Historic Preservation (World Heritage Sites)
Historic Preservation (World Heritage Sites)
World Heritage Sites (WHSs) are natural or architectural sites that are listed as having special value by the World Heritage Committee of the United Nations Educational, Scientific, and Cultural Organization (UNESCO). WHSs are protected under the 1972 international treaty known as the Convention Concerning the Protection of the World Cultural and Natural Heritage (World Heritage Convention, for short). As of 2007, there were 830 sites on the World Heritage list, spanning 138 countries, and the convention had been ratified by 183 states. Most of the sites (644) appear on the list due to their cultural value, while 162 are on the list for natural values, and 24 for a mixture of the two. All sites are iconic, that is, instantly recognizable by most persons as spectacular or significant, whether for natural reasons, cultural reasons, or both.
Historic WHSs, primarily buildings, neighborhoods, and archaeological sites, are threatened by climate change in a variety of ways, from damage to still-buried archaeo-logical evidence to erosion, salt weathering, inundation by rising seas, neglect by stressed human populations, and more. Adaptation to climate change at WHC sites is proposed by UNESCO not only for the sake of the particular sites, but to increase public awareness and willingness regarding adaptation in other settings.
Historical Background and Scientific Foundations
Cultural preservation efforts by international bodies were first made in the early twentieth century. The predecessor of the United Nations, the League of Nations, set up several groups for international cultural cooperation and preservation, including the International Museums Office in 1926. In 1931, this group convened a conference that produced the Athens Charter for the Restoration of Historic Monuments, the first international statement on the principles of historic preservation. (This Athens Charter is not to be confused with the famous Athens Charter of the 1933 International Congress for Modern Architecture.)
In 1937, the International Museums Office convened a Cairo conference on the principles of archaeological excavation. The United Nations replaced the League of Nations in 1945, and UNESCO was also founded that year. In 1956, the Cairo archaeological principles were taken by UNESCO as the basis for its recommendations for the preservation of archaeological sites.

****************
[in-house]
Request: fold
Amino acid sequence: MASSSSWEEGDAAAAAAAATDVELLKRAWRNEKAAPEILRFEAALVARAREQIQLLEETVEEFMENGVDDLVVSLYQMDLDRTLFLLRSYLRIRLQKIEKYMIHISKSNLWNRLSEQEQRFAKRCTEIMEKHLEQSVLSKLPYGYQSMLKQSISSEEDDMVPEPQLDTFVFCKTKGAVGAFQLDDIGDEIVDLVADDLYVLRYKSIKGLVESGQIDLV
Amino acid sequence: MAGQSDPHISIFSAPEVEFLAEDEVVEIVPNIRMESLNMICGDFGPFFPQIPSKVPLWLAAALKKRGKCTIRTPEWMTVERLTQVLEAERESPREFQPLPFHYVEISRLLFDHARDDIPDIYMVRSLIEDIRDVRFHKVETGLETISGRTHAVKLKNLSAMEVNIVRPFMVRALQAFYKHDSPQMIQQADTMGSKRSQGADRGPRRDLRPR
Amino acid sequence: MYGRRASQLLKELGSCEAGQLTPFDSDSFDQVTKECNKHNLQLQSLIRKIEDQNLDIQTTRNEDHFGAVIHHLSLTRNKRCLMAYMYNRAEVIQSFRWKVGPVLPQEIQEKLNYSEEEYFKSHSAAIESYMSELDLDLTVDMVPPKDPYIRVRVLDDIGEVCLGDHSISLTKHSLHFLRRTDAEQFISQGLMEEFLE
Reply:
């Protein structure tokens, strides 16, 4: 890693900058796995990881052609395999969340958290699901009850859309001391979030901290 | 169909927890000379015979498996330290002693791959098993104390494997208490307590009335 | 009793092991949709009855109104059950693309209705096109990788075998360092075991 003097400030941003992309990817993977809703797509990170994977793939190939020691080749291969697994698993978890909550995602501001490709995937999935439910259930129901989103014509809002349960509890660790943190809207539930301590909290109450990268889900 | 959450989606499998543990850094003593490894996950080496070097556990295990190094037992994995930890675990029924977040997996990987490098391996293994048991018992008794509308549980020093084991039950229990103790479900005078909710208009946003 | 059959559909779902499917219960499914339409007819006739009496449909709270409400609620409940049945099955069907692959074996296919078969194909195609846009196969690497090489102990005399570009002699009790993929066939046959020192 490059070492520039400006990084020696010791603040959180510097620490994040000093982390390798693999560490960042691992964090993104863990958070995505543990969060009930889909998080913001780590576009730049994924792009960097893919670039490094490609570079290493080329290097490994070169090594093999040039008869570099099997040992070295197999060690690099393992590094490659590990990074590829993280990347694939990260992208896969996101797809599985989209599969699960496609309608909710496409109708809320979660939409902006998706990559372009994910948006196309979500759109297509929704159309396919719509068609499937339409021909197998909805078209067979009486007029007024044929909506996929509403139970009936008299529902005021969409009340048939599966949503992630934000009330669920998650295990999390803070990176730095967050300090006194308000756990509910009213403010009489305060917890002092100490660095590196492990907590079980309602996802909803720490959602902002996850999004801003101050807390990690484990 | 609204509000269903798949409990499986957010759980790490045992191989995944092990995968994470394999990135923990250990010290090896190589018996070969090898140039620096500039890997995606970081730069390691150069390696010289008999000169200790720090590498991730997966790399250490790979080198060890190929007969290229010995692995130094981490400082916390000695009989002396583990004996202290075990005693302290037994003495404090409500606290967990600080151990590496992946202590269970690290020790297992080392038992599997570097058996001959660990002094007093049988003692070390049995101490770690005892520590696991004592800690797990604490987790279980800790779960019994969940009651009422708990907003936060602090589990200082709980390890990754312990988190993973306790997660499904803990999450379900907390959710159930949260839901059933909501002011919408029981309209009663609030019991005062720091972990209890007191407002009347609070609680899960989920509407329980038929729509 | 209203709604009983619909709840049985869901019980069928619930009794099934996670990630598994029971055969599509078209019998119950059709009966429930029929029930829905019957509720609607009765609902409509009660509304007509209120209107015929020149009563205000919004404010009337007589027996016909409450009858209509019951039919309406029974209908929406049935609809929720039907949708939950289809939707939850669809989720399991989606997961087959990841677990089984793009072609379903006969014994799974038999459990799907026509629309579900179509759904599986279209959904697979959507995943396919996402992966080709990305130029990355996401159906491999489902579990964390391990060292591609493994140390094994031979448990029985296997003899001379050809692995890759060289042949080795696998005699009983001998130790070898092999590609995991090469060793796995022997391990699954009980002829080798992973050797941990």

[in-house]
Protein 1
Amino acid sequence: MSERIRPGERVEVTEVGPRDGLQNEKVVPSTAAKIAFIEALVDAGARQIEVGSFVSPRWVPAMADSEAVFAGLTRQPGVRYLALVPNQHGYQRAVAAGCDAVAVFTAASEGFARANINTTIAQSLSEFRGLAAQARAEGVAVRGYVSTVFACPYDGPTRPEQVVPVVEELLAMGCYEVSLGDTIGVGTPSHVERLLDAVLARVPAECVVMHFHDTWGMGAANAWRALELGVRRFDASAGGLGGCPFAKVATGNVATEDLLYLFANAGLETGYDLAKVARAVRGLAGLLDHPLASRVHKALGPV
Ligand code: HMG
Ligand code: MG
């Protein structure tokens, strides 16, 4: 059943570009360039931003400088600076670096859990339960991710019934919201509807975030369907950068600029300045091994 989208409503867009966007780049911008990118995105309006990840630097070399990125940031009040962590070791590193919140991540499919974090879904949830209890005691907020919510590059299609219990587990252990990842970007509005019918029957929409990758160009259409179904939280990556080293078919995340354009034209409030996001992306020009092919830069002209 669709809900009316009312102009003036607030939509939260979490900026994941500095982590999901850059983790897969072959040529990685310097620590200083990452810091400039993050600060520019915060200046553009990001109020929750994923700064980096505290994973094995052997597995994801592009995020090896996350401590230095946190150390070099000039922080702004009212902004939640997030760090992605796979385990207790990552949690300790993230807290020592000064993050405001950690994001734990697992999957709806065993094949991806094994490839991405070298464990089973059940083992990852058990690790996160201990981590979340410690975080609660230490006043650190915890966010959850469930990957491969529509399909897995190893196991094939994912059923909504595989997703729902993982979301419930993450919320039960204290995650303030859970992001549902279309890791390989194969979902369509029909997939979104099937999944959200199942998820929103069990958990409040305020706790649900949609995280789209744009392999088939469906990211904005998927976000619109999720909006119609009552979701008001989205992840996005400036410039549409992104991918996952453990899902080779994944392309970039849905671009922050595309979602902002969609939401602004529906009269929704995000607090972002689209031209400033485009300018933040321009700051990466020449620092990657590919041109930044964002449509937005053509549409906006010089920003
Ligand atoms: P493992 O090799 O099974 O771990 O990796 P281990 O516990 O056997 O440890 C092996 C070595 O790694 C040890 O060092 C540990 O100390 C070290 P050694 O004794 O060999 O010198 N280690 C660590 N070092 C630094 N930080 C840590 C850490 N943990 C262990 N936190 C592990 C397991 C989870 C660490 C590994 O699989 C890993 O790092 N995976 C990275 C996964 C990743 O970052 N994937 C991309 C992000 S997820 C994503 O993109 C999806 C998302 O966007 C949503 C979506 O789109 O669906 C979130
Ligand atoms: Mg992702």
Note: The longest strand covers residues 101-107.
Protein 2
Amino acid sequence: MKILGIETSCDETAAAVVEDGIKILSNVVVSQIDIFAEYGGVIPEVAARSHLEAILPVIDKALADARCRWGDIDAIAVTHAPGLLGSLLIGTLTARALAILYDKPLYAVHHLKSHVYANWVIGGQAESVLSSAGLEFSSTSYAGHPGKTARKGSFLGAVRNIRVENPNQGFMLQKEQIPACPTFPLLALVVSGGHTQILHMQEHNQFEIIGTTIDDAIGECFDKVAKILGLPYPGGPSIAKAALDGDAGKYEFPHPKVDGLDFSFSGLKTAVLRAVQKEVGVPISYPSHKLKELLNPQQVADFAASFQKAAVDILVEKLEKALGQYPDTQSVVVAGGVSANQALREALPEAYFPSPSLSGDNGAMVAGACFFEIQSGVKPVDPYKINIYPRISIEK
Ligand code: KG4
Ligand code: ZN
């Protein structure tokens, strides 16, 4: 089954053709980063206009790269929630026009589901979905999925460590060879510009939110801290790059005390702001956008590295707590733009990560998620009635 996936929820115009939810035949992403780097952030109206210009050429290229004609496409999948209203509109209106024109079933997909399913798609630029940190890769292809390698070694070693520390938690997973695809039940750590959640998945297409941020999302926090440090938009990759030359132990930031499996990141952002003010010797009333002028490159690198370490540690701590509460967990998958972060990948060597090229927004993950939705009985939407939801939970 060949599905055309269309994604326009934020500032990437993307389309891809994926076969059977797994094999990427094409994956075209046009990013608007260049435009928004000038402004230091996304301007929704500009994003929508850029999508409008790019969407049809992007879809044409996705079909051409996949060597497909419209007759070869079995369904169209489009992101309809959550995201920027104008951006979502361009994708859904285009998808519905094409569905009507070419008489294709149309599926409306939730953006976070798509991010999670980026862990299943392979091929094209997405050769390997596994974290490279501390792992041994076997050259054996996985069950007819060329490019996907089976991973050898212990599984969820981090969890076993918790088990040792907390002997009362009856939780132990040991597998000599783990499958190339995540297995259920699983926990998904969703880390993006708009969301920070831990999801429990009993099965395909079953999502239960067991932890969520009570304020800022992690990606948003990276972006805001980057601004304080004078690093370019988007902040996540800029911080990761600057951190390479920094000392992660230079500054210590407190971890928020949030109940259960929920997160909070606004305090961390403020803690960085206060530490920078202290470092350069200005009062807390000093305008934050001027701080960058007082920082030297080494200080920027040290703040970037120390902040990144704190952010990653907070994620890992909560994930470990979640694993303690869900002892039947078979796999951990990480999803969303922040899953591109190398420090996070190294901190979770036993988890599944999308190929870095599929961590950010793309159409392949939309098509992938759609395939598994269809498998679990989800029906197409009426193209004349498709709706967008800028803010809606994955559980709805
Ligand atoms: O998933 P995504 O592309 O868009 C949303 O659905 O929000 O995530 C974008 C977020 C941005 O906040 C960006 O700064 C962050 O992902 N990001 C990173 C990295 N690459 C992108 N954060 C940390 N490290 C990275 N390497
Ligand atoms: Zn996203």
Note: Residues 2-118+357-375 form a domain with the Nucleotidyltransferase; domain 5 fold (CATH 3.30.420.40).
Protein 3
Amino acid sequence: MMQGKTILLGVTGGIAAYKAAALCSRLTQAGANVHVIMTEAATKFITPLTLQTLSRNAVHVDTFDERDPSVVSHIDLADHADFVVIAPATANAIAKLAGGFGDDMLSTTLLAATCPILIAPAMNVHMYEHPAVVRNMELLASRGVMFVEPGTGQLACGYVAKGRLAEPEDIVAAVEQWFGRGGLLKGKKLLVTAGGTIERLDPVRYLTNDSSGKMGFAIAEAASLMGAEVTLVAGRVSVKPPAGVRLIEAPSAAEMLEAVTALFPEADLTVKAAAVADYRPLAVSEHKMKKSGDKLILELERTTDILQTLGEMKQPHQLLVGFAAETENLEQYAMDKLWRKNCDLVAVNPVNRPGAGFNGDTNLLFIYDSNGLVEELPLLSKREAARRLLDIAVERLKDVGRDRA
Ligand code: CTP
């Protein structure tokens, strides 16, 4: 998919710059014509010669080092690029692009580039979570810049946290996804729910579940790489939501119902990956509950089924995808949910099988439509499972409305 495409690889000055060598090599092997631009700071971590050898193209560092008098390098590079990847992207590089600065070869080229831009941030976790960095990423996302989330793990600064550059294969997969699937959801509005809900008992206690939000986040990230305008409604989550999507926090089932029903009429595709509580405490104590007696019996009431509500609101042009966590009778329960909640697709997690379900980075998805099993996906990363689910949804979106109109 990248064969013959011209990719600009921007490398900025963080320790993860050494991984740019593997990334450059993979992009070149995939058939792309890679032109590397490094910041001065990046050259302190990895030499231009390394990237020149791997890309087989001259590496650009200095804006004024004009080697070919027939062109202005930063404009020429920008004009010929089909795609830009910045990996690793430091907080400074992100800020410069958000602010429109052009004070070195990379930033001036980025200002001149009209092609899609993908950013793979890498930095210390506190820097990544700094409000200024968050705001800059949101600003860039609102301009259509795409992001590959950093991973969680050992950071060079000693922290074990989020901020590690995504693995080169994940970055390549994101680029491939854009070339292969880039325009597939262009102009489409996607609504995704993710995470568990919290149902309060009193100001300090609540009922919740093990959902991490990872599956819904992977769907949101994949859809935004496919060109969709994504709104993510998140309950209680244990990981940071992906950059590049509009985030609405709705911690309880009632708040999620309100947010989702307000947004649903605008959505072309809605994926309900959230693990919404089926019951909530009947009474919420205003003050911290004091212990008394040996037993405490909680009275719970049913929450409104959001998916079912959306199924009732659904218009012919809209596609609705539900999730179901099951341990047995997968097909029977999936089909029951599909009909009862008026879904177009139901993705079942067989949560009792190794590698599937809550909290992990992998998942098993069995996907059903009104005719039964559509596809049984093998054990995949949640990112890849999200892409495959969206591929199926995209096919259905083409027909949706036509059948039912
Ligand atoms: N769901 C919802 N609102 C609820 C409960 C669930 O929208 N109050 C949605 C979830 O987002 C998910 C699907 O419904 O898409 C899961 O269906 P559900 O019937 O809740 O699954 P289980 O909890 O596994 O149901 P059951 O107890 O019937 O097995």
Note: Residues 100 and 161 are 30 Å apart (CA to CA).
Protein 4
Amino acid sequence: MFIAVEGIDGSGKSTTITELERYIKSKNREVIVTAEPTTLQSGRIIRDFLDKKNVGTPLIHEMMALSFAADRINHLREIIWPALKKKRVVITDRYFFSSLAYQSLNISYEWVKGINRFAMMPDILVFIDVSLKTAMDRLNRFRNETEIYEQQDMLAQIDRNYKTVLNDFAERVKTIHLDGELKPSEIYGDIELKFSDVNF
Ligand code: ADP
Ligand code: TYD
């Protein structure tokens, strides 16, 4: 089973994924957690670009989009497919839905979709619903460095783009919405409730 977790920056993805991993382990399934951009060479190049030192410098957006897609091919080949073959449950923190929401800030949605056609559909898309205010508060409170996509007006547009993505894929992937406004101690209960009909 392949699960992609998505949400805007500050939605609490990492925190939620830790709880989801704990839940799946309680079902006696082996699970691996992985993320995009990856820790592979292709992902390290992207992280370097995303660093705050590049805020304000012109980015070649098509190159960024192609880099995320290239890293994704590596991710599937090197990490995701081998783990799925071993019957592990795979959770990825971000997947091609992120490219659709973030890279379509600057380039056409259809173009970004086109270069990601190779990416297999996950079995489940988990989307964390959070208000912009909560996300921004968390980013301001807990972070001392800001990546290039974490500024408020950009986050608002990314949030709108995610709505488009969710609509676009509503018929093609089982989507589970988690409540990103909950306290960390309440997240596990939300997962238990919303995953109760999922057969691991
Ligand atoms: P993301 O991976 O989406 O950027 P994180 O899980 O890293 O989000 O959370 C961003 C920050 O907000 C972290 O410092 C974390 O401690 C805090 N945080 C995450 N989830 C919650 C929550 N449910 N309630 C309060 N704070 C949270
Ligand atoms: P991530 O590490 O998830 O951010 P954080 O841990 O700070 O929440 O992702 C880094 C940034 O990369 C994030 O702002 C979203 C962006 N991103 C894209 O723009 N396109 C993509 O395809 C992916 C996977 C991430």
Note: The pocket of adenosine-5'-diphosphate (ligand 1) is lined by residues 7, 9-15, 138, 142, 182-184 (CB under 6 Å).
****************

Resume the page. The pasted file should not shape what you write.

The concept of a World Heritage Trust was advanced to the U.N. in 1965 by American preservationists. In 1968, Sweden offered to host a conference on the human environment at which such a trust would be discussed. In 1972, the proposed conference was held in Stockholm, the capital of Sweden. It was at this conference that the World Heritage Convention was drafted. The General Assembly of the United Nations approved it on November 16, 1972, creating the UNESCO World Heritage Center to administer the World Heritage List of sites. The World Heritage Center is overseen by the World Heritage Committee, a body of 21 member states elected for fixed terms (six years, prior to 2005; four years, since that time) by all the signatories of the World Heritage Convention.
Although climate change became a scientific concern in the 1970s, it was not until 2005 that the UNESCO World Heritage Center began to systematically consider the impacts of climate change on WHSs. A group of experts was convened by the center in March 2006 to assess climate impacts, and it issued its recommendations in July 2006. In addition to recommending adaptation measures that could be taken to protect WHSs, the committee urged that WHSs could also serve as “a useful tool to share and promote lessons learnt and best practices, as well as to raise awareness regarding climate change impacts using their iconic value.”
Threats to natural-value WHSs from climate change are numerous and direct. For example, the glaciers of Glacier National Park in the United States will likely be gone by 2030. A few of the ways in which historic sites are threatened by climate change include:
- Buried archaeological evidence is preserved because it is in balance with local processes of chemistry, biological growth, and water flow (hydrology). Any changes to these processes can destroy or degrade archaeological sites.
- Increased soil moisture may lead to greater salt mobilization from ground water into the walls of ancient buildings, leading to harmful crystallization on decorated surfaces.
- Wood and other organic materials in buildings may be threatened by pests as bio-zones migrate with changing climate.
- Increased flooding, storminess, wind, humidity, heat, and ultraviolet levels, forecast in many parts of the world as effects of climate change, can damage heritage structures.
For example, in the United Kingdom, government scientists have suggested that the water level of the Thames estuary in London may rise by 10–34 in (26–86 cm) by 2080. Under these conditions, the dike system that protects London from storm surges and extremely high tides, the Thames Barrier, is likely to be overflooded by about 2025, threatening damage to the Palace of Westminster and the Tower of London, both World Heritage Sites. Reconstruction of the barrier to deal with higher water levels is a possible adaptation to climate change.
The City of Chan Chan in the Andean Mountains of Peru is a site of about 5.4 sq mi (14 sq km) that records the high level of urban engineering achieved by the Chimor society. Its elaborate, decorated structures were built not of stone but of packed, dried earth, and are highly vulnerable to extreme precipitation events (unusually heavy rainfalls). Such events, associated with the El Niño weather cycles of 1982–1983 and 1997–1998, have already caused extensive damage to the Chan Chan ruins and such events are anticipated to become steadily more common under climate change. Groundwater levels, as determined by some 68 monitoring wells at the site, threaten the site from beneath and have been rising steadily.
WORDS TO KNOW